by Slim Randles
When old Ben died recently, the town was saddened, but probably not for the usual reasons. Ben had been widowed for nearly 20 years and had lived alone in the house where he and Judith had raised their boy, John.
He’d had a lot of health problems, there at the last, too. Things weren’t easy for him.
Sometimes when a guy is in that shape, people nod and smile slightly at his passing and say, “Well, in a way it’s a blessing, isn’t it.”
But not with old Ben. There’s the sailboat, you see.
After Judith died – and Judith was the most practical woman in town – Ben started buying and reading magazines about sailboats. Then he cut the front off the barn/garage out in back, and began building one. He drew crowds with his work for a while. Everyone stopped by from time to time, and we all know it is to be 32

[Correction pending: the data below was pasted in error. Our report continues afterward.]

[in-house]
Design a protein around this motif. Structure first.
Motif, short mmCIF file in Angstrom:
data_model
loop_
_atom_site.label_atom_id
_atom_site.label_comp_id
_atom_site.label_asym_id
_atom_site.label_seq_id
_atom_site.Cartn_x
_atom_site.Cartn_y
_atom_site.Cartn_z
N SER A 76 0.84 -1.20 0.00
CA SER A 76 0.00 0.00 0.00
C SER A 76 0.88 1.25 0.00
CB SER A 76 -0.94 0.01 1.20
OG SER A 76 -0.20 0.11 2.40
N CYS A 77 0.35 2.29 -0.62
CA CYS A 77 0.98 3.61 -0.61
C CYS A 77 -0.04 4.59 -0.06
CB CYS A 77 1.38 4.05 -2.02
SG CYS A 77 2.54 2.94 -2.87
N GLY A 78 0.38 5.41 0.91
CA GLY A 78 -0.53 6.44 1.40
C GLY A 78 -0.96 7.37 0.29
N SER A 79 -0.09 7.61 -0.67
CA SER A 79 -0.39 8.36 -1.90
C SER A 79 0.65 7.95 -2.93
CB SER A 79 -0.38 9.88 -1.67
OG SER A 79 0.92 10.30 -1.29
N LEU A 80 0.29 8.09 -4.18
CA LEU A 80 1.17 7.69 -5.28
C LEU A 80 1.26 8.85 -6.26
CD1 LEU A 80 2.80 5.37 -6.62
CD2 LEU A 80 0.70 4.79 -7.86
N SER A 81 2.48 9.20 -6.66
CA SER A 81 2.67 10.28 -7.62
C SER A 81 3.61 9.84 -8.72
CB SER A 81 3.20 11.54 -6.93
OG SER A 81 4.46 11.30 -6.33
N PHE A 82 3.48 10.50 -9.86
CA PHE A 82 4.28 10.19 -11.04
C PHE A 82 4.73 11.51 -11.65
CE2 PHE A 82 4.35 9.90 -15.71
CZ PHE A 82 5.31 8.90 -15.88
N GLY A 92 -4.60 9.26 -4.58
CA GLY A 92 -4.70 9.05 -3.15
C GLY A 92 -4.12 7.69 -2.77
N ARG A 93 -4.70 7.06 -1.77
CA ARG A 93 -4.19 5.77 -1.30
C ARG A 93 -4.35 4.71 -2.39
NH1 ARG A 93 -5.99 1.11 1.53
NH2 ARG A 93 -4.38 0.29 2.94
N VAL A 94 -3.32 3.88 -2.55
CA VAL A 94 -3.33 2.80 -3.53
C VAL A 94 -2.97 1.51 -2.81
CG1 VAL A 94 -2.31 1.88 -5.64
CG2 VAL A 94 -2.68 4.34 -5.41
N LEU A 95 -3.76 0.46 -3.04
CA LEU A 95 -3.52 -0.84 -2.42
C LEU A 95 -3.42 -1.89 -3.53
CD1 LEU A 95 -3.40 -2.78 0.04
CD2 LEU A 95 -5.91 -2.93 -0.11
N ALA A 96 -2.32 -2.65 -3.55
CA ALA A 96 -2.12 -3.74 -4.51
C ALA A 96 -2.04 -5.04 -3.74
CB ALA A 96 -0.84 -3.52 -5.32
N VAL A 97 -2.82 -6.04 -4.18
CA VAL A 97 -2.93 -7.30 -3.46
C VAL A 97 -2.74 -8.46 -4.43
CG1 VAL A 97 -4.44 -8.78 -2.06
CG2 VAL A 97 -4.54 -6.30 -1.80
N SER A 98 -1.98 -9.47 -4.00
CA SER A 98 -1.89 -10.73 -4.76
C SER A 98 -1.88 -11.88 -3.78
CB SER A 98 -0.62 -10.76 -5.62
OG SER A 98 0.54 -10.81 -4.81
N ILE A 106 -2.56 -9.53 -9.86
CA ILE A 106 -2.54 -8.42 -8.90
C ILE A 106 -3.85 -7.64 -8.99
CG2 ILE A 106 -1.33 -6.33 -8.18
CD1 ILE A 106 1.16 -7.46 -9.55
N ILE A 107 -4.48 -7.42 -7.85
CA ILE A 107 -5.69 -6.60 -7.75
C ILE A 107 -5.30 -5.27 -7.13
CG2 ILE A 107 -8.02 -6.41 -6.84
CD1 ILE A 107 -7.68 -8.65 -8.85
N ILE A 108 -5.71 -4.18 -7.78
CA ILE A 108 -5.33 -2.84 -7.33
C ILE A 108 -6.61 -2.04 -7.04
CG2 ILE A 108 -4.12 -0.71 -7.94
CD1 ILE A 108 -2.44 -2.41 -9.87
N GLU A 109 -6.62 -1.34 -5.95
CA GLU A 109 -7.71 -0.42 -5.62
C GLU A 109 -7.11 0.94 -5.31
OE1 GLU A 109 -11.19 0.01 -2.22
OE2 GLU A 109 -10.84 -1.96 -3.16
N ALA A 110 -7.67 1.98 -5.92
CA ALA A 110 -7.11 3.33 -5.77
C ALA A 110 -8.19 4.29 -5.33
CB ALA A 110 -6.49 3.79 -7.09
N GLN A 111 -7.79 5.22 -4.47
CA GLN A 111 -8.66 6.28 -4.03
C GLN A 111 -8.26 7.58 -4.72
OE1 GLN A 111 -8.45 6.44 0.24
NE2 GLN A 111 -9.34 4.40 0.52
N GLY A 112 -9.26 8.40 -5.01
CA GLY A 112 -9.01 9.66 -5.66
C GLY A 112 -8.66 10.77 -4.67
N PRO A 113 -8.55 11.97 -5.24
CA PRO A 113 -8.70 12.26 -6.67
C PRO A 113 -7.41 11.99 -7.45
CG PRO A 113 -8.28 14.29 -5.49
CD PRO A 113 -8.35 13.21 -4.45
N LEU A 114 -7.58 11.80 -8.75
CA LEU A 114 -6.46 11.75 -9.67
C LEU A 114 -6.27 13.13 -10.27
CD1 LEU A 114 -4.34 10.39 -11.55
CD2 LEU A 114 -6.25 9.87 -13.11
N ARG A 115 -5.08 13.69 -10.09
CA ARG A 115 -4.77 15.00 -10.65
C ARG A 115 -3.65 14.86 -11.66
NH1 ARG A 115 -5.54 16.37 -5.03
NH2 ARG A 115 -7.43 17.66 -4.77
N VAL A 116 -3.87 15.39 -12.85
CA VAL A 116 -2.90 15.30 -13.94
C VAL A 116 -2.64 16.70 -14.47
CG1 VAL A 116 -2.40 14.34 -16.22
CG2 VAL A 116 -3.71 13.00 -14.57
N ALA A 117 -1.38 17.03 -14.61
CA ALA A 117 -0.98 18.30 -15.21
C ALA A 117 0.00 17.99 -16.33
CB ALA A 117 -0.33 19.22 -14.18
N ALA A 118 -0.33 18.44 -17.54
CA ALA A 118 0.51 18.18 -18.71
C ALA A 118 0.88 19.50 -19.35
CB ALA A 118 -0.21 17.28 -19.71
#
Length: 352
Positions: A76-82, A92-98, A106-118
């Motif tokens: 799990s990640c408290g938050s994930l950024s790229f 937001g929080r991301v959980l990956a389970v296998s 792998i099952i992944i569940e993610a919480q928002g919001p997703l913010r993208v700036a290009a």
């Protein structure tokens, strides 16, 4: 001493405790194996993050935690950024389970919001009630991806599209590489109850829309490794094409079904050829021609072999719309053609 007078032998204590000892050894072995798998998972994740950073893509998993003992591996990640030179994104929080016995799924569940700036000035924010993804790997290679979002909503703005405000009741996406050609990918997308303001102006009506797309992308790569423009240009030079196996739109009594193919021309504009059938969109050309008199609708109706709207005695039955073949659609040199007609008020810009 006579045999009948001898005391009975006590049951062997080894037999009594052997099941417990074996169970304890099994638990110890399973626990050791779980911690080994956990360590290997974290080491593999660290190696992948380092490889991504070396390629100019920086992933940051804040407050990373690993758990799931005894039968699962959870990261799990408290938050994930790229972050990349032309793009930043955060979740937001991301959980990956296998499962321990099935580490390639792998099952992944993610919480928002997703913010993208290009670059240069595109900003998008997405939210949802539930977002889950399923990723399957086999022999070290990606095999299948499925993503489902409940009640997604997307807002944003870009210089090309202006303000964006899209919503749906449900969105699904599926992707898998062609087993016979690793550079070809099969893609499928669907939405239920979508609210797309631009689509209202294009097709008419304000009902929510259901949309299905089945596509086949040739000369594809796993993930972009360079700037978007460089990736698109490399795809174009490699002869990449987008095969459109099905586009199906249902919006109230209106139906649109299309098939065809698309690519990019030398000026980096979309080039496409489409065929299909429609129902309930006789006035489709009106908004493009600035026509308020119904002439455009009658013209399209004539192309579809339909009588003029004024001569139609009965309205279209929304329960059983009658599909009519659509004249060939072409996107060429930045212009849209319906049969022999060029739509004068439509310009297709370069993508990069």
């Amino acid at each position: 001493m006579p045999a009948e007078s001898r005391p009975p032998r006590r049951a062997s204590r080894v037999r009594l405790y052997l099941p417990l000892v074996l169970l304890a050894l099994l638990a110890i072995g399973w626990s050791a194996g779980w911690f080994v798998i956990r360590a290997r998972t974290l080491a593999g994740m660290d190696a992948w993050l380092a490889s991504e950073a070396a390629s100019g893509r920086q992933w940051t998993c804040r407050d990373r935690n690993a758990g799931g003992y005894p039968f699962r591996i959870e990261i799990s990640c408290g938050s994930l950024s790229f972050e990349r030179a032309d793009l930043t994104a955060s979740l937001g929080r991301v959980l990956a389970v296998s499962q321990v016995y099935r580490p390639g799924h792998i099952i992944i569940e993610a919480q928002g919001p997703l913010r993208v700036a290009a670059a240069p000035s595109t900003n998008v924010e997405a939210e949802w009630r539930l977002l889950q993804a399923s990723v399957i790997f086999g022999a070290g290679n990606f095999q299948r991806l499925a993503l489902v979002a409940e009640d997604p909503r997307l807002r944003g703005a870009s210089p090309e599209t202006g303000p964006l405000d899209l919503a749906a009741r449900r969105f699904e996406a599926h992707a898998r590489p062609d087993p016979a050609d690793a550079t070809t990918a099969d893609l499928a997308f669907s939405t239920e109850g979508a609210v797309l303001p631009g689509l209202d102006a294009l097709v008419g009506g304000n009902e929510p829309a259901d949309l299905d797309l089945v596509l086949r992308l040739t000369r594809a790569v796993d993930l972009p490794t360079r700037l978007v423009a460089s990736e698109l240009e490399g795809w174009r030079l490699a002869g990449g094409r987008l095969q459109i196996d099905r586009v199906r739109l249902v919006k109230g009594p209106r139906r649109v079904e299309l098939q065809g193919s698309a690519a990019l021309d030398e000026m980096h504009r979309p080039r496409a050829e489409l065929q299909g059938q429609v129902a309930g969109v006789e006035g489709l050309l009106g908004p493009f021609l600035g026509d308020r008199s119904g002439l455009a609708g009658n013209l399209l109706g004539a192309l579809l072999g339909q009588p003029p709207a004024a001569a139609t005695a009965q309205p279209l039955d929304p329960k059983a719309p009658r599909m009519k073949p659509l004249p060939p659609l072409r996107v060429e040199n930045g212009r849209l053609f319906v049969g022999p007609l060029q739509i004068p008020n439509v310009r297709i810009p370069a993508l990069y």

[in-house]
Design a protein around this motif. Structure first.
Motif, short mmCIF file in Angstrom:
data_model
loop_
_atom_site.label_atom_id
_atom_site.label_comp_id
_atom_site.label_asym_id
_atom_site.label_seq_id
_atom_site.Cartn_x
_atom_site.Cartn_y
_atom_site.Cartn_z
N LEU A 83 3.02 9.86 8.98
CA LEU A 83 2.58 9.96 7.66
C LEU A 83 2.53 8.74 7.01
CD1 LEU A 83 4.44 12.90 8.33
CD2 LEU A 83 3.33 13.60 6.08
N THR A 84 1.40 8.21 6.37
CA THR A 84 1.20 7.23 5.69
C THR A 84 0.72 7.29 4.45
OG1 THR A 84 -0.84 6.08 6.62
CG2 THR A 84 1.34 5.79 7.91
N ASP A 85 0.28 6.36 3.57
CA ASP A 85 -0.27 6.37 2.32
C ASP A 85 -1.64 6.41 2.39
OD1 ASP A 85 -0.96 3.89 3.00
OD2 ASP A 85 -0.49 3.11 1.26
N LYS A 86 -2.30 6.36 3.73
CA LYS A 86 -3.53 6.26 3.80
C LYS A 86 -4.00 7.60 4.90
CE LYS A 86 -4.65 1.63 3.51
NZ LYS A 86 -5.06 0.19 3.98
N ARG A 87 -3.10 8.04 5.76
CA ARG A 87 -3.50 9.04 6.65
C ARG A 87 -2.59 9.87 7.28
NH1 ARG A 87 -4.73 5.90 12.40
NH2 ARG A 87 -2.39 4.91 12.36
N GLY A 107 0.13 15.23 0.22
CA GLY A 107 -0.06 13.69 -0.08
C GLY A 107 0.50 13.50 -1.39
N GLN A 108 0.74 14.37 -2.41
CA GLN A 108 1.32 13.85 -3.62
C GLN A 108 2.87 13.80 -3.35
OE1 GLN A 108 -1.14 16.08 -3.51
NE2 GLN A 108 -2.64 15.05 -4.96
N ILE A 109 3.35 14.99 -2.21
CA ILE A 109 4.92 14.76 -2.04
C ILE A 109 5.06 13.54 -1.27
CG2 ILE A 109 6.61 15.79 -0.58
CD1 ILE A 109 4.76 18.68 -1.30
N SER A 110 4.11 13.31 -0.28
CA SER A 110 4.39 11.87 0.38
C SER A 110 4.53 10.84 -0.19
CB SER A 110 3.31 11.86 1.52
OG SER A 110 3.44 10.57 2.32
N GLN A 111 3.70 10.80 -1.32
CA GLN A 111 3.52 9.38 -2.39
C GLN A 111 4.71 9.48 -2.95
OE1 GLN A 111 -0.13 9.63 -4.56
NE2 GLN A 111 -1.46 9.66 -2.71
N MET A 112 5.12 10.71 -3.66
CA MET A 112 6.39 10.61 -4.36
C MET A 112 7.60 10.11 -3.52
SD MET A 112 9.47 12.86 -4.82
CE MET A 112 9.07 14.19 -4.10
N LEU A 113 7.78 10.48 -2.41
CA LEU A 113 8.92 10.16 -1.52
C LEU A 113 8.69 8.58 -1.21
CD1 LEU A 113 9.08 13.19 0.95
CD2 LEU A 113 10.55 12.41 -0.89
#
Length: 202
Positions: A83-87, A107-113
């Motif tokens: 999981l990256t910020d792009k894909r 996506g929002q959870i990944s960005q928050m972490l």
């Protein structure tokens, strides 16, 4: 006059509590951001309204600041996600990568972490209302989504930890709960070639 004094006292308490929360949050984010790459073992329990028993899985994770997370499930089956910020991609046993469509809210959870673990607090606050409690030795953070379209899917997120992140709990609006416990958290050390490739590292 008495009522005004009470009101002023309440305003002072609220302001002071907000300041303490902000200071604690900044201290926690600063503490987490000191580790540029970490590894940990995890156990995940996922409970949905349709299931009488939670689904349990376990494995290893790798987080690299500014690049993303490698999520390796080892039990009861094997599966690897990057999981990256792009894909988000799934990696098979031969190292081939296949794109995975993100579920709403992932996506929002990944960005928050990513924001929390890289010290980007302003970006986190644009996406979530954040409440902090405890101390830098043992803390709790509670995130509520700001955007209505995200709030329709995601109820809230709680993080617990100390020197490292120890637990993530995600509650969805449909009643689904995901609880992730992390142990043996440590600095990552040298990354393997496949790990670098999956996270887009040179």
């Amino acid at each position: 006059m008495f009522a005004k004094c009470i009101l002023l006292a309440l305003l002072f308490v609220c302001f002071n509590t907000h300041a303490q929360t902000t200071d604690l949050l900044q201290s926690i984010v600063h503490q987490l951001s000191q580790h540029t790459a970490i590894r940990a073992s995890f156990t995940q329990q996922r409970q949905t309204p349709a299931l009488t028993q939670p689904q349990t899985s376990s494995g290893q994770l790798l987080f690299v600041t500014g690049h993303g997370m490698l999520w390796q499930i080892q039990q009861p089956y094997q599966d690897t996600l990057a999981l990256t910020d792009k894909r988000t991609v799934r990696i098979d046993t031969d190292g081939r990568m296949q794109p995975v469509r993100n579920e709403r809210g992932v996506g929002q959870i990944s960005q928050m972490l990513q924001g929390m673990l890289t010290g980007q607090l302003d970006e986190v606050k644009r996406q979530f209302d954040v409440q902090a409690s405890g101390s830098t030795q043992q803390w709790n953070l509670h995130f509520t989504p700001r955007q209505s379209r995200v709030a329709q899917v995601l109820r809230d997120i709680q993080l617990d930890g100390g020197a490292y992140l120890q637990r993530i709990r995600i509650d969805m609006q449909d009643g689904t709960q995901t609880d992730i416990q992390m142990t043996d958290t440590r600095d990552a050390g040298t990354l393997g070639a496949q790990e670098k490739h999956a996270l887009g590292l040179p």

feet long and a gaff-rigged – not Marconi-rigged – sloop. Said they look more like real sailboats.
Eccentric? Well, maybe. Eccentricities last a year or two, but a 20-year project is a lot closer to being an obsession.
When Ben could afford more of the special wood he was using, he bought it. Sometimes all he’d get were some of those little brass whatchits to put along the side. But each time something came, there was work going on out in that garage. Ben took pride in the project being pay-as-you-go, so he wouldn’t owe anybody when he finally put it in the ocean.
Ben died before that happened, and that saddened us greatly. We might chuckle a bit behind his back, but we also secretly envied him and admired him for building that boat.
After Ben passed, his son John brought his wife and children to live in the little house. After a few weeks, we heard activity out in the garage, and we found John working on his dad’s boat. It would, he said, eventually sail.
There is no statute of limitations on dreams.
Brought to you by the new CD “Having Fun in New Mexico,” Fifteen stories by Slim Randles. www.slimrandles.com